The owner of a Gramercy Park-area office building at 67 Irving Place has filed for Chapter 11 bankruptcy protection, at the same time an affiliated company filed for Chapter 11 on a Washington, D.C. site, bankruptcy documents indicate. The former, which is between East 18th and East 19th Streets, is valued at $40 million, and the latter at $8 million, the records show.
Puble N.V., whose president is Charis C. Lapas, yesterday filed for Chapter 11 in United States Bankruptcy Court in the Southern District of New York for 67 Irving Place. And an affiliate company, Scotia Valley N.V., filed for bankruptcy protection on 1737 H Street N.W., an office building in Washington, D.C. Lapas wasn’t reachable and his attorney in both bankruptcies, Frank A. Oswald, didn’t respond to requests for comment. Mortgage lender Daniel Wrublin of Dalan Management is owed $13.3 million at the properties, documents show.
The 12-story, 44,160-square-foot office building on Irving Place was erected in 1909, and Puble N.V. has owned it since 1986. It is home to Drake Design Associates and Bedford Cheese Shop. Heritage Realty Services, the operator of 67 Irving Place, is also a tenant in the building and is cited in both cases as the creditor with an unsecured claim for $22,295.97 in brokerage commission.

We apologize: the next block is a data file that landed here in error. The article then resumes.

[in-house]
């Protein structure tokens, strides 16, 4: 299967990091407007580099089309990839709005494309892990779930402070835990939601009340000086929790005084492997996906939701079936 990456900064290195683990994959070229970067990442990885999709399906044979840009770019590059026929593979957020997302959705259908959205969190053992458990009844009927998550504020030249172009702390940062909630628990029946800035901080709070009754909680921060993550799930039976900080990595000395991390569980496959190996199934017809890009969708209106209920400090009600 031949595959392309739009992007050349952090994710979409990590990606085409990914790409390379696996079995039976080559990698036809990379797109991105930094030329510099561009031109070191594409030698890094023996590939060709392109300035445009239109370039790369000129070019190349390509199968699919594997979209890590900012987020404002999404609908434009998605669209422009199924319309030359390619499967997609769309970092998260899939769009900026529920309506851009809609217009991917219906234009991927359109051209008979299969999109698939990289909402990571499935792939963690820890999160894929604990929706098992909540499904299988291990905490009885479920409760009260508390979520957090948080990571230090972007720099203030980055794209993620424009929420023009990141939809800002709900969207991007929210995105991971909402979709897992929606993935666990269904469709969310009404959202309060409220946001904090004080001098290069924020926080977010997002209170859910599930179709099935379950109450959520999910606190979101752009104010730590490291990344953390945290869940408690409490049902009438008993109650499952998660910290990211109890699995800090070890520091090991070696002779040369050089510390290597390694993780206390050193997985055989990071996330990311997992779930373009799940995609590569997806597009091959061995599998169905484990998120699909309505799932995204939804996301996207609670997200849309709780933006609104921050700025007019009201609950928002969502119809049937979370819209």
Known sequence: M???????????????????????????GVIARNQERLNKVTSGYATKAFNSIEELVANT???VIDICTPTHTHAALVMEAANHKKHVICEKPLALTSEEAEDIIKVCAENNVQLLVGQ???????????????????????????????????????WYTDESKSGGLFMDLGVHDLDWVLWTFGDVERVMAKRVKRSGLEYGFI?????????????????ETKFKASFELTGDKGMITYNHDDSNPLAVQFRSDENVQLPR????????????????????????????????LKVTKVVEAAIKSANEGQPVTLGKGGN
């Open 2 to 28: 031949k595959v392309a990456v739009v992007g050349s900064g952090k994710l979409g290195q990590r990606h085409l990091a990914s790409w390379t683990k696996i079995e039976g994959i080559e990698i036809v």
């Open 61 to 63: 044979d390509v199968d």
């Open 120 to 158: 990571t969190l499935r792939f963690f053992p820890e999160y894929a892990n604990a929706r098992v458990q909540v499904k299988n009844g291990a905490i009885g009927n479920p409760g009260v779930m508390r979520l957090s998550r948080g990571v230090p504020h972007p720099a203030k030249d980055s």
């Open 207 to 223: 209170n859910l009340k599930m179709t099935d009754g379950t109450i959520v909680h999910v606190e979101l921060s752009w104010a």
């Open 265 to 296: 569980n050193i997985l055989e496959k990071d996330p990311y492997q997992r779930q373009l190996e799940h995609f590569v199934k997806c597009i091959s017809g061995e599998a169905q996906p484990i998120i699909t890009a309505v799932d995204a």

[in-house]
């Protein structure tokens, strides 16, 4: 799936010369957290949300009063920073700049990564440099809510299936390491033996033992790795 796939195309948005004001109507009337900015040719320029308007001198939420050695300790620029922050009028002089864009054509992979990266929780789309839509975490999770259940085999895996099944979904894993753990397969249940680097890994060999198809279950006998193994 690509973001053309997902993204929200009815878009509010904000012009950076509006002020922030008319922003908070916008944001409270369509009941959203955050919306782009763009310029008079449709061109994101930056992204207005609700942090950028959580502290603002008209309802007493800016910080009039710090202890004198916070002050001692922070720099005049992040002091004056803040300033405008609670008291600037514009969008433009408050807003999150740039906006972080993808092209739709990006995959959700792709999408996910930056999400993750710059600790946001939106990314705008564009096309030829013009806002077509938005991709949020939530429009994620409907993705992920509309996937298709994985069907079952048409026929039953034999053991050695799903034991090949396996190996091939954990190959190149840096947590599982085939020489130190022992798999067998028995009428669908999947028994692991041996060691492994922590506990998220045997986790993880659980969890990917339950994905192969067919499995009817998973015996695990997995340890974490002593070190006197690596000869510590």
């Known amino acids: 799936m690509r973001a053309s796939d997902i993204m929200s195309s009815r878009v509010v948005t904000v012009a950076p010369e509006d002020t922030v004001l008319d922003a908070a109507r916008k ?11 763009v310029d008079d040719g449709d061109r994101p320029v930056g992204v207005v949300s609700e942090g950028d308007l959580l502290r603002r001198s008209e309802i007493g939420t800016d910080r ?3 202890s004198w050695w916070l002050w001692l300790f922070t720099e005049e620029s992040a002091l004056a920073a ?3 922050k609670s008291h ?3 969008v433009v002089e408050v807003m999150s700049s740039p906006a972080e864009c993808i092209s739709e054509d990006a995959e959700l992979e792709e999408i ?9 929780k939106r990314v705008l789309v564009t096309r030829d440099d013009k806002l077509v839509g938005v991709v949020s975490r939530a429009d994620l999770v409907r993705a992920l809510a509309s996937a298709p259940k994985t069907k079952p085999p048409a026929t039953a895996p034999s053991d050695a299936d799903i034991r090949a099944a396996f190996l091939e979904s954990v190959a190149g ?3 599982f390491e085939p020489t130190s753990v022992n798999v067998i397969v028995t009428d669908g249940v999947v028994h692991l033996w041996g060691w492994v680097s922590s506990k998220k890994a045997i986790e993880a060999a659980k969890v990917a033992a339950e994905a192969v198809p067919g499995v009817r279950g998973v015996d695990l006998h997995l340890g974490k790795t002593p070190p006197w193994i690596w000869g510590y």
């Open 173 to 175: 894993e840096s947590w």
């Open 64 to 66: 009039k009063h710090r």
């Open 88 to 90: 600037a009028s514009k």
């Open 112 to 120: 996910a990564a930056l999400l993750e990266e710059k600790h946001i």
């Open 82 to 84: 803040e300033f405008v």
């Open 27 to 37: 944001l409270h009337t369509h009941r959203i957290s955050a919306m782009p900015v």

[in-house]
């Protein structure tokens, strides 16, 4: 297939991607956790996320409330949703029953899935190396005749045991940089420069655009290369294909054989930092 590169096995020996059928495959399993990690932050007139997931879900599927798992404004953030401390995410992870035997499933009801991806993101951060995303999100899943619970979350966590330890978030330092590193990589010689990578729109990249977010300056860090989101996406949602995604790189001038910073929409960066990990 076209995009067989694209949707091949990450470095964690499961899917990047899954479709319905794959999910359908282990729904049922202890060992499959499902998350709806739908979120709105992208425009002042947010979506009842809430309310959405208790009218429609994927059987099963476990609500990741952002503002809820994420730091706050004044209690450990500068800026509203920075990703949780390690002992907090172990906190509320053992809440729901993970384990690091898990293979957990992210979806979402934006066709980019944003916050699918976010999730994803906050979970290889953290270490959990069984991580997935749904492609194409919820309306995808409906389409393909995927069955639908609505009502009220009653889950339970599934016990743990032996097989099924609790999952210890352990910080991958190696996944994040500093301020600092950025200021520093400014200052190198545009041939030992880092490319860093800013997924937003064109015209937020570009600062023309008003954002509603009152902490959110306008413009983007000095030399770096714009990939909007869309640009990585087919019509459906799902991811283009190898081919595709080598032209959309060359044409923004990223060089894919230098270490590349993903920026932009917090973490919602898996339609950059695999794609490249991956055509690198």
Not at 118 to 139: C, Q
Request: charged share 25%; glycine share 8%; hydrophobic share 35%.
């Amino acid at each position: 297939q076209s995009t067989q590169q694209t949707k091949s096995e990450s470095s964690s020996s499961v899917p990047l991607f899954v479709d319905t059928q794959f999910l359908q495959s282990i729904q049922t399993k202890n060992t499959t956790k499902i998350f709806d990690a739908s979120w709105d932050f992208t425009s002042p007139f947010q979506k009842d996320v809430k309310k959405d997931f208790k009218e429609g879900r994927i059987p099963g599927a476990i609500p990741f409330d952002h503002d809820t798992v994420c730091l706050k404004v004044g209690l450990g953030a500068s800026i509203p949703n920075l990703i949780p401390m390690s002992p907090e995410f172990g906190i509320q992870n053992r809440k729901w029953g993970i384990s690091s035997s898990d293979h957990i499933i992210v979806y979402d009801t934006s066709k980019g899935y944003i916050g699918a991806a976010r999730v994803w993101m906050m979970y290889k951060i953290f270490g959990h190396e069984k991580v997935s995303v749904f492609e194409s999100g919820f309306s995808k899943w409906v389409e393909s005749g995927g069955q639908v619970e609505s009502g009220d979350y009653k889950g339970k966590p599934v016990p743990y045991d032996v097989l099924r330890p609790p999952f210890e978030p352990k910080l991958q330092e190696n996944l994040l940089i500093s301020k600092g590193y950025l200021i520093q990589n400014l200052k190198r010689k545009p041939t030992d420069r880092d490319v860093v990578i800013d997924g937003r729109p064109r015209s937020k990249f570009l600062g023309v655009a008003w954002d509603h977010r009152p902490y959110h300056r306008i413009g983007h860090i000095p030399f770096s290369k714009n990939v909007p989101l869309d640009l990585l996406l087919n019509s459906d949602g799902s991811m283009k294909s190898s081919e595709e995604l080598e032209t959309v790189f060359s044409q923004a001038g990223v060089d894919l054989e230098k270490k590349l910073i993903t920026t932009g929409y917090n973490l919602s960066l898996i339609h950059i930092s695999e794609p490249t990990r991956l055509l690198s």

George Constantin, the president and chief executive officer at Heritage Realty Services, previously told Commercial Observer that the landlord is a high net-worth European family, which owns the building through a corporation in the Netherlands. Alexander L. Constantin, a Heritage Realty Services analyst, didn’t respond to requests for comment.
“There appears to be plenty of equity value between these two properties, as the total asset value is $48 million against only $13 million of debt,” commented Adam D. Stein-Sapir, a portfolio manager at Pioneer Funding Group, which specializes in analyzing and investing in bankruptcy cases, and who is not involved in the case. “If I had to speculate as to why these properties filed for bankruptcy I would say that they are asset rich but cash poor, lacking liquidity to pay the mortgage and other expenses. We’ll know more as the case develops.”